Mexico: Over 8,000 indigenous people in prison for lack of interpreters and lawyers


In Mexico there are over eight thousand indigenous people in prison, due to legal inconsistencies and flaws in their process, assured the deputy for Morena, Armando Contreras Castillo, who remarked that the most important and marked in each case is the lack of an interpreter.

He proposed to urge the Attorney General of the Republic to take action to ensure due process from his arrest, to be assisted by interpreters and defenders who have knowledge of their socio-cultural context.

With this, he said, the judicial system would have fewer processes, and if from their detention they are explained their rights, including having an interpreter.

The point of agreement, sent to the Indigenous Peoples Commission, also proposes to request the National Commission for Human Rights (CNDH) to implement real and efficient measures, in order to carry out a broadcast program on television and radio, as well as written press, in order to guide and inform the indigenous community about their rights in case of detention.

The legislator, member of the Justice Commission, indicated that Mexico is a diverse country, proof of this is the recognition of 68 indigenous languages; however, only 6.5 percent of the population aged 3 and over speaks any of these languages; that is, 7 million 382 thousand 785 people. Of them, about 1 million speak an indigenous language and do not speak in Spanish, they are monolingual.

He considered that the right of indigenous people to have a translator or interpreter should not be conditioned to the level of Castilianization. When a person recognizes himself as an indigenous person and asks to exercise his rights, he must be attended immediately by the jurisdictional authority, unless there is evidence to the contrary that is conclusive regarding his non-indigenous status.

However, this prerogative is not applied in practice because in many cases the indigenous people are detained and in their rights book they do not indicate that they have the right to the interpreter, having legal or inadmissibility gaps in the judgment for not understanding what they are told , and they remain deprived of their freedom for months or years.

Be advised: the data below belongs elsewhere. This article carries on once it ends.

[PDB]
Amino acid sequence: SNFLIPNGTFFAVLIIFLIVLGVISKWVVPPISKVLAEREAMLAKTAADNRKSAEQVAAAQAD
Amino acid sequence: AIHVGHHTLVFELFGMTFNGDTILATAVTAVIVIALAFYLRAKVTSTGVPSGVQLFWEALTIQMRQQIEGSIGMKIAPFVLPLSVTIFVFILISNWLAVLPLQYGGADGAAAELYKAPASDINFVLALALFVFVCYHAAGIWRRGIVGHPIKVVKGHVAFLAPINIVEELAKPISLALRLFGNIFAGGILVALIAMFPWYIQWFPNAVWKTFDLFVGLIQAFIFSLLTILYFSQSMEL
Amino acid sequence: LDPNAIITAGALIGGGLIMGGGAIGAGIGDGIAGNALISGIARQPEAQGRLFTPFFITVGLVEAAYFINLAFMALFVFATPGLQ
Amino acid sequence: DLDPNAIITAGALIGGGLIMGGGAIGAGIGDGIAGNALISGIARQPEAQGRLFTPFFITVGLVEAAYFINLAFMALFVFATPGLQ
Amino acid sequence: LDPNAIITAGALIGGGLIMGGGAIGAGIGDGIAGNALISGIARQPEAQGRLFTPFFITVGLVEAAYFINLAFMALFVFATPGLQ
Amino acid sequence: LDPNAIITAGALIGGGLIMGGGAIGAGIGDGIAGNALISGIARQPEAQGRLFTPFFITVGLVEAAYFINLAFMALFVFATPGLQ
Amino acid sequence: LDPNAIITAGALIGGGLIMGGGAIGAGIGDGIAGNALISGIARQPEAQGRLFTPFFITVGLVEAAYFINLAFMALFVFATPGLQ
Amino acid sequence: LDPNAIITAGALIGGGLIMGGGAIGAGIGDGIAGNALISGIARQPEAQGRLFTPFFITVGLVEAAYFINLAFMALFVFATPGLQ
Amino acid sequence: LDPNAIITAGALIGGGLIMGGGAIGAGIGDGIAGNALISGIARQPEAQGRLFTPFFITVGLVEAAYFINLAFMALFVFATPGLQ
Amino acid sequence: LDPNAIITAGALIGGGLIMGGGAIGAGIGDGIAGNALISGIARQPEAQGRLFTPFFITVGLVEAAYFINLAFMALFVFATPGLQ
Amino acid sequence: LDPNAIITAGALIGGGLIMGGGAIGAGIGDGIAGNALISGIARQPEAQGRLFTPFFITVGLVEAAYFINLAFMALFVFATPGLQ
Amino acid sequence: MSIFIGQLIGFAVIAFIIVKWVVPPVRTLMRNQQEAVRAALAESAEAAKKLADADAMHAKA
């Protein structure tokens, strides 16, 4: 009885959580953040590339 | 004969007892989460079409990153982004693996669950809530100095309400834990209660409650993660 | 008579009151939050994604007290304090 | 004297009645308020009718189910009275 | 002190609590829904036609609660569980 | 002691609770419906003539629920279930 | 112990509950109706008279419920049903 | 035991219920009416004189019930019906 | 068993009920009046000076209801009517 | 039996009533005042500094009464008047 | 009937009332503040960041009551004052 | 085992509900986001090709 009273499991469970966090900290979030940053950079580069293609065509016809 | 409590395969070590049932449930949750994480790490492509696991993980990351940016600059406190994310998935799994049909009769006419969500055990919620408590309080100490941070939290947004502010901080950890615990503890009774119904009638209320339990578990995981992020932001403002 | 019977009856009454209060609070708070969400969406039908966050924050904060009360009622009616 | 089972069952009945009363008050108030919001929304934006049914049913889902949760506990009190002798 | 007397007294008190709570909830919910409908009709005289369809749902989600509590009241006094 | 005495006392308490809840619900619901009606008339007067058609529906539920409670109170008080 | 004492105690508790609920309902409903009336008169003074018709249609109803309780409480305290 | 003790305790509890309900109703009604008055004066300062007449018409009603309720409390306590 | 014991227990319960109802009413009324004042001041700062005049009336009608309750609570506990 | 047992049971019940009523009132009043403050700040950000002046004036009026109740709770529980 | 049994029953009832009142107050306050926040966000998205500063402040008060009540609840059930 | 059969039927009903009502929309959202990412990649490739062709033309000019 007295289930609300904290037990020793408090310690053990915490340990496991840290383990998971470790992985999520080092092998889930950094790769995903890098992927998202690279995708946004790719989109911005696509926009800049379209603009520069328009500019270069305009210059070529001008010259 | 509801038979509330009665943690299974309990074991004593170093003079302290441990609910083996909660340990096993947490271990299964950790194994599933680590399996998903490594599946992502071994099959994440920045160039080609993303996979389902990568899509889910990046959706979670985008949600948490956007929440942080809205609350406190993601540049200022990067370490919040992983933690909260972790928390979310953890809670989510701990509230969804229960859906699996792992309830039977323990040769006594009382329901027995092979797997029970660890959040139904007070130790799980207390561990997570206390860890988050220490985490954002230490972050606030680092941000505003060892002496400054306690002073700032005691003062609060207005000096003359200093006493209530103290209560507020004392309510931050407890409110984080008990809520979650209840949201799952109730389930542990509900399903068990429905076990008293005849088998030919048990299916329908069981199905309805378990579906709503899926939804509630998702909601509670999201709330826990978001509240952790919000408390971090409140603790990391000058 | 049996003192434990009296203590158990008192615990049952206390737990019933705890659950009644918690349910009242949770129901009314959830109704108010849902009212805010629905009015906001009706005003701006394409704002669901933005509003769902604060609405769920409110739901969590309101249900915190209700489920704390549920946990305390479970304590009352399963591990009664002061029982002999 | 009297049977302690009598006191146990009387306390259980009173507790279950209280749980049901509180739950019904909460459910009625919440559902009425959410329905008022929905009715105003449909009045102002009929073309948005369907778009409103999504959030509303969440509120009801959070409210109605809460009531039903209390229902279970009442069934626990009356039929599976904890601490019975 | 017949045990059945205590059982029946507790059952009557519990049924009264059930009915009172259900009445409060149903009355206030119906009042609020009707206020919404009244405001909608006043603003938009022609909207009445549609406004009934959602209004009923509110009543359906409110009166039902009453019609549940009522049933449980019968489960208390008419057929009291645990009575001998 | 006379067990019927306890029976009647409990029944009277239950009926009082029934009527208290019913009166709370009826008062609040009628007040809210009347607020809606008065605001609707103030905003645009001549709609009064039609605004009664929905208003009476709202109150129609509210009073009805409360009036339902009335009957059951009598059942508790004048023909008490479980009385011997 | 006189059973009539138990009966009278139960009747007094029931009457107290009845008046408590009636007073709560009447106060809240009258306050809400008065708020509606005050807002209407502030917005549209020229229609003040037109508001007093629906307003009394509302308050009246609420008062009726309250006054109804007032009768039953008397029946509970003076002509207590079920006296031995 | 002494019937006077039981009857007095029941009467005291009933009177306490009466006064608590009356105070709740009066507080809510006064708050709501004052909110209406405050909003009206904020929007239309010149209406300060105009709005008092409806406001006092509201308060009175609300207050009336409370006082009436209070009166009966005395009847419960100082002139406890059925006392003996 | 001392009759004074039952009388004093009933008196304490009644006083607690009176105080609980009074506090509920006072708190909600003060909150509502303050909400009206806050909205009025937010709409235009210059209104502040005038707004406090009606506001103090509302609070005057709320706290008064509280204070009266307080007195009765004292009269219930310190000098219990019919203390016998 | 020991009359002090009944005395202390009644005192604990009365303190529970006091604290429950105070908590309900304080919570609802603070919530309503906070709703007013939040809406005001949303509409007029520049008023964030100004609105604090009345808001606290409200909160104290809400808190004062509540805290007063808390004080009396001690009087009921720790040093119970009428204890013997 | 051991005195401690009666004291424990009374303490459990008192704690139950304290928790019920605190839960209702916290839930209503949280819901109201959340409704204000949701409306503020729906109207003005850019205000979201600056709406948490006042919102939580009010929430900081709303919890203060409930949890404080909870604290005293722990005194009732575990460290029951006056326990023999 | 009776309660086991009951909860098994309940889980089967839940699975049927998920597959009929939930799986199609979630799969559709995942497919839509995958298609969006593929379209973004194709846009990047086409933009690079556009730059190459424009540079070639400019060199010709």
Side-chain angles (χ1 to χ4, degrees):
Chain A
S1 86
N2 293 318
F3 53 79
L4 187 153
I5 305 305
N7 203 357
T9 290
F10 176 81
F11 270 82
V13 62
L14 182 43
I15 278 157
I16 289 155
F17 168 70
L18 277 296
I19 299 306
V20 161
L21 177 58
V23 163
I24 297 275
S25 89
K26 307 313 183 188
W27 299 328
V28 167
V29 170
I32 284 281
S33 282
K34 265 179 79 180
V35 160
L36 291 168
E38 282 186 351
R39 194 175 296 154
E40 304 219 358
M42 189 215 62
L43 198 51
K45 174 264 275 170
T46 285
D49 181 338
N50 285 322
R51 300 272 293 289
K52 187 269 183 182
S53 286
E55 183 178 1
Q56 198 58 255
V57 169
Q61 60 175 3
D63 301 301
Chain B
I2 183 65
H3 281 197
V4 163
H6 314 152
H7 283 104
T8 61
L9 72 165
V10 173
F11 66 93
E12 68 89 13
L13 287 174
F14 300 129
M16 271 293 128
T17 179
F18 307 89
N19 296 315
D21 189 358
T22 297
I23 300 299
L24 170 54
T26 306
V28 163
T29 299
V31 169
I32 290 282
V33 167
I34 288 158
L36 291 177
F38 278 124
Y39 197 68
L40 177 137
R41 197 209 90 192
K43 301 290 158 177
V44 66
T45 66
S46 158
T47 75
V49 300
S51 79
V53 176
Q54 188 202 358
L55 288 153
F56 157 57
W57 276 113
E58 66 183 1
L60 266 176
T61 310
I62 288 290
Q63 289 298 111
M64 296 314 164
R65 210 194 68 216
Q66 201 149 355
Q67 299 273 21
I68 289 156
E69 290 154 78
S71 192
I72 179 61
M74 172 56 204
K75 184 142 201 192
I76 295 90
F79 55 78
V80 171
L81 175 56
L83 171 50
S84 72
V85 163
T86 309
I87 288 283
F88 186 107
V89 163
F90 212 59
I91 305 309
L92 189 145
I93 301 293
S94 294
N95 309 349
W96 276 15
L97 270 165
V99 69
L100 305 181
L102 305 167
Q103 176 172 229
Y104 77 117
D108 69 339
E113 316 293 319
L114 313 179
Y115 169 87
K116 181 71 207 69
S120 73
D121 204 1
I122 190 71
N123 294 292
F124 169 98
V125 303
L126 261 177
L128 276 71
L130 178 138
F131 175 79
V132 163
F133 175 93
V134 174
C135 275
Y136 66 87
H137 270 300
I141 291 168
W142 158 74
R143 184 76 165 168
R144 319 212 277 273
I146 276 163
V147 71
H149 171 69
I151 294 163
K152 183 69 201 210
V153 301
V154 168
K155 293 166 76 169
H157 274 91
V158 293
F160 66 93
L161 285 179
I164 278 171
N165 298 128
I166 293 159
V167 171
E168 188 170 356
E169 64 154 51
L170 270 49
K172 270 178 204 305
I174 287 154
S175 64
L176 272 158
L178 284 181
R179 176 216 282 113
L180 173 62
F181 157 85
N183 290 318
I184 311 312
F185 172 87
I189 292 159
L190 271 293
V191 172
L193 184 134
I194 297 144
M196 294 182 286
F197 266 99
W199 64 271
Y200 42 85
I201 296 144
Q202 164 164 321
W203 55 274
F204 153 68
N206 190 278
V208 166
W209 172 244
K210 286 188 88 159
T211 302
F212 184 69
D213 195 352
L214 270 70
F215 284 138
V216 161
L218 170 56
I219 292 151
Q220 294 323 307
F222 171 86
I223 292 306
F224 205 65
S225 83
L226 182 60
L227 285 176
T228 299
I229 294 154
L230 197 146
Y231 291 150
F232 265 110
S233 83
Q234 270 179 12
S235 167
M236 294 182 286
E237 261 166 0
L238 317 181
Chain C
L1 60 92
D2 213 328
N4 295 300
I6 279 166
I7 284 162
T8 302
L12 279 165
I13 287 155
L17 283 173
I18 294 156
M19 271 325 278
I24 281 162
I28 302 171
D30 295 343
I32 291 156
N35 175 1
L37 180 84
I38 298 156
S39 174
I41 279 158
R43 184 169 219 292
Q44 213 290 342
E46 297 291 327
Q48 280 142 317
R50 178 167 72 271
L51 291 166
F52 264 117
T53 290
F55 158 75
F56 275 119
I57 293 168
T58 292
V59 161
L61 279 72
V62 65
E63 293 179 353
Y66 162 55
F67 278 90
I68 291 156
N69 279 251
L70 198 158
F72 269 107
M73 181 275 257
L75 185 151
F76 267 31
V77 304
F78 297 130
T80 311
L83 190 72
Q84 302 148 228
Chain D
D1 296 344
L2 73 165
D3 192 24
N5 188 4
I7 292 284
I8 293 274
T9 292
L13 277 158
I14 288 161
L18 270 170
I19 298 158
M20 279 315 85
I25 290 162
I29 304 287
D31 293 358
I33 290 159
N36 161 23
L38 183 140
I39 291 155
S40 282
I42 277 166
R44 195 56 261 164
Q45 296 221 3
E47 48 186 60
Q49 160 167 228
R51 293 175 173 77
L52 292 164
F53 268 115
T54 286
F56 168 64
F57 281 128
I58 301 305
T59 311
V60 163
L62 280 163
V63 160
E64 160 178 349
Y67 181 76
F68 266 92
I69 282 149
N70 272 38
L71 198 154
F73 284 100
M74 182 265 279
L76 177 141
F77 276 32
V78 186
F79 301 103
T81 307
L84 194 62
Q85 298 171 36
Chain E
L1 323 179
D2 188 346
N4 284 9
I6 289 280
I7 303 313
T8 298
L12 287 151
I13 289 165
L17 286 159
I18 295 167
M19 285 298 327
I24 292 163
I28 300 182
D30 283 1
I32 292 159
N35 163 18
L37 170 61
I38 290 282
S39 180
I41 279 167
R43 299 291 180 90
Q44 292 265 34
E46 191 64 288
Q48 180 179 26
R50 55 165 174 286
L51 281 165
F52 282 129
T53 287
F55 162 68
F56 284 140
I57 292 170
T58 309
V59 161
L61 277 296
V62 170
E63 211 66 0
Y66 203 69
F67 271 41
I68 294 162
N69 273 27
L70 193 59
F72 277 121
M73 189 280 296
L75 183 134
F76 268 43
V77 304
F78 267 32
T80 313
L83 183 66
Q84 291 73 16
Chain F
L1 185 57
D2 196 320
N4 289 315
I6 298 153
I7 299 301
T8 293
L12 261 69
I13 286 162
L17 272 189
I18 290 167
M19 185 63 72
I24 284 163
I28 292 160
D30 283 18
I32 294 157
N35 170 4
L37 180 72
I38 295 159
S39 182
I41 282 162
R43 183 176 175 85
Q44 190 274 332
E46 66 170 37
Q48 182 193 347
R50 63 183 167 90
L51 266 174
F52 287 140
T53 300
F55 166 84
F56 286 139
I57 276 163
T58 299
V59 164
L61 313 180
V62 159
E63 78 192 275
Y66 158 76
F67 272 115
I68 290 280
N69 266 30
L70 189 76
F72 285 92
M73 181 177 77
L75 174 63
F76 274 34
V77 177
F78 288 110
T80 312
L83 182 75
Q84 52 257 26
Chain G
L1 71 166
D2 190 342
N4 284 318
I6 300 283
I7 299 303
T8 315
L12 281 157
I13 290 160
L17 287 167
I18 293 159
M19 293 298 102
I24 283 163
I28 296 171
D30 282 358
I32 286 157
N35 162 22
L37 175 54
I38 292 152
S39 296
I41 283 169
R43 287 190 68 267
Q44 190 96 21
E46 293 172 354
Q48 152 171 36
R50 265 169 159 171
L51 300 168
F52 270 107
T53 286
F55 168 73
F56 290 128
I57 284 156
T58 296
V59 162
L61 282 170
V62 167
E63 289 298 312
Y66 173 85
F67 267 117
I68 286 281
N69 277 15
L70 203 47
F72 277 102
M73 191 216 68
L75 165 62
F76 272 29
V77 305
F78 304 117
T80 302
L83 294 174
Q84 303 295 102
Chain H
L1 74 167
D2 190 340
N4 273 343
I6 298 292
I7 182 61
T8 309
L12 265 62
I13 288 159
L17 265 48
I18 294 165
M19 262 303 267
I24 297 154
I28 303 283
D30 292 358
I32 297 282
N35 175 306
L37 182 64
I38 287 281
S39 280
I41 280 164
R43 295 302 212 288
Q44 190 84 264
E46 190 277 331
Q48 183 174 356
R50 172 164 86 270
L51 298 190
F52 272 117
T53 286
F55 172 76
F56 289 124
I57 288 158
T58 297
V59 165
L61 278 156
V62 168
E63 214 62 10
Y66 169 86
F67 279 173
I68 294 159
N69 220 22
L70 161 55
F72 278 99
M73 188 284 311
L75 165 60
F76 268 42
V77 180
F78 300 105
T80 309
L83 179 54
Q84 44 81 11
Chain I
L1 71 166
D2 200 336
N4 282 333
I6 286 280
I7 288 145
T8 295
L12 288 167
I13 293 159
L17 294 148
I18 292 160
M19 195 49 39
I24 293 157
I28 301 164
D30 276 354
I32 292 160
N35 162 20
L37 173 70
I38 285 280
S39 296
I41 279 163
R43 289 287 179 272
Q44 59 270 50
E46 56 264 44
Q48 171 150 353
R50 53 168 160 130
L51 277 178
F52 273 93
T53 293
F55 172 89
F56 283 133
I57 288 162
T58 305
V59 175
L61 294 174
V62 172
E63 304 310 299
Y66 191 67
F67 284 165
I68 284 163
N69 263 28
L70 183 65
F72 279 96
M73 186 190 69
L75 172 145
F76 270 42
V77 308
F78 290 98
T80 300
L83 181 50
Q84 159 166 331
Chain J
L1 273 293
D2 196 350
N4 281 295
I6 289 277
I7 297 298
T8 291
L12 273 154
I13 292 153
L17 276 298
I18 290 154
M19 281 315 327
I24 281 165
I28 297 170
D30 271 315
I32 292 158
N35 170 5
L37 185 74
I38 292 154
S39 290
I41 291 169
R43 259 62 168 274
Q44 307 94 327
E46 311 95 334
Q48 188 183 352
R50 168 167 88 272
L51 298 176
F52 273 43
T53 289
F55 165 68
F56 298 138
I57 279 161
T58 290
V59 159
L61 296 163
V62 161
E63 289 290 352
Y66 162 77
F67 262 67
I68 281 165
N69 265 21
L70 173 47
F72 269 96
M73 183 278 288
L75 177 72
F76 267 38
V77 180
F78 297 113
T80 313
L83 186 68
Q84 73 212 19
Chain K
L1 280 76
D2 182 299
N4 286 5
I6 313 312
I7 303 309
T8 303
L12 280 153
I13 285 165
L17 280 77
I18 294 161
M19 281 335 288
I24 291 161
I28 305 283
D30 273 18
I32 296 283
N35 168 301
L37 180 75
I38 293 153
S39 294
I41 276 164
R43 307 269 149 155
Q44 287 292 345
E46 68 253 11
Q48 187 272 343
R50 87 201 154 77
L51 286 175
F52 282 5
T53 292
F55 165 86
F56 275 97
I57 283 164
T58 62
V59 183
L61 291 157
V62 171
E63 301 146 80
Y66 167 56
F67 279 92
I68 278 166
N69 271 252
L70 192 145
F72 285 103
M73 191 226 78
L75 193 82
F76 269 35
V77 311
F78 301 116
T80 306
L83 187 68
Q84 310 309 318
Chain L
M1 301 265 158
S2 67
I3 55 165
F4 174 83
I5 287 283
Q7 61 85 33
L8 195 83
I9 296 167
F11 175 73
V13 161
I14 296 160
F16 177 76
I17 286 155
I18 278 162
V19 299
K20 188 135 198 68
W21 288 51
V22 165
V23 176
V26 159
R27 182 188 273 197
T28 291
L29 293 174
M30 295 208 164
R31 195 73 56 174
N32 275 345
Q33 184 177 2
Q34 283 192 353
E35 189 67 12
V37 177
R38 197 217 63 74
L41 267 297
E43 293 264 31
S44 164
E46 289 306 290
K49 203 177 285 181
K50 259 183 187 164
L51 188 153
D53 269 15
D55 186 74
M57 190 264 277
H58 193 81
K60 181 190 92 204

He said that according to what was the National Commission for the Development of Indigenous Peoples, in 2017 in the country more than eight thousand indigenous people were deprived of their liberty for the commission of various crimes with the particularity that most of the procedures They are usually plagued with irregularities, not only because of the lack of trained translators, interpreters and defenders, but because the public prosecutor and the judges often disdain their cases.

The states that concentrate the largest number of indigenous population in the national prison system are Oaxaca, Chiapas, Puebla, Veracruz, Mexico City, Chihuahua and Guerrero. The languages ​​with which they are identified are Nahuatl, Zapotec, Maya, Tzeltal and Tzotzil, he said.

Contreras Castillo stressed that the rights of indigenous peoples are recognized not only in binding international instruments, but in the Political Constitution, which establishes their full access to justice.

“Unfortunately, despite the legislative efforts that have been made in the procedural practice, they continue to violate the procedural rights of indigenous people and this continues to be a constant in our judicial system,” he said.

Source: mexicampo

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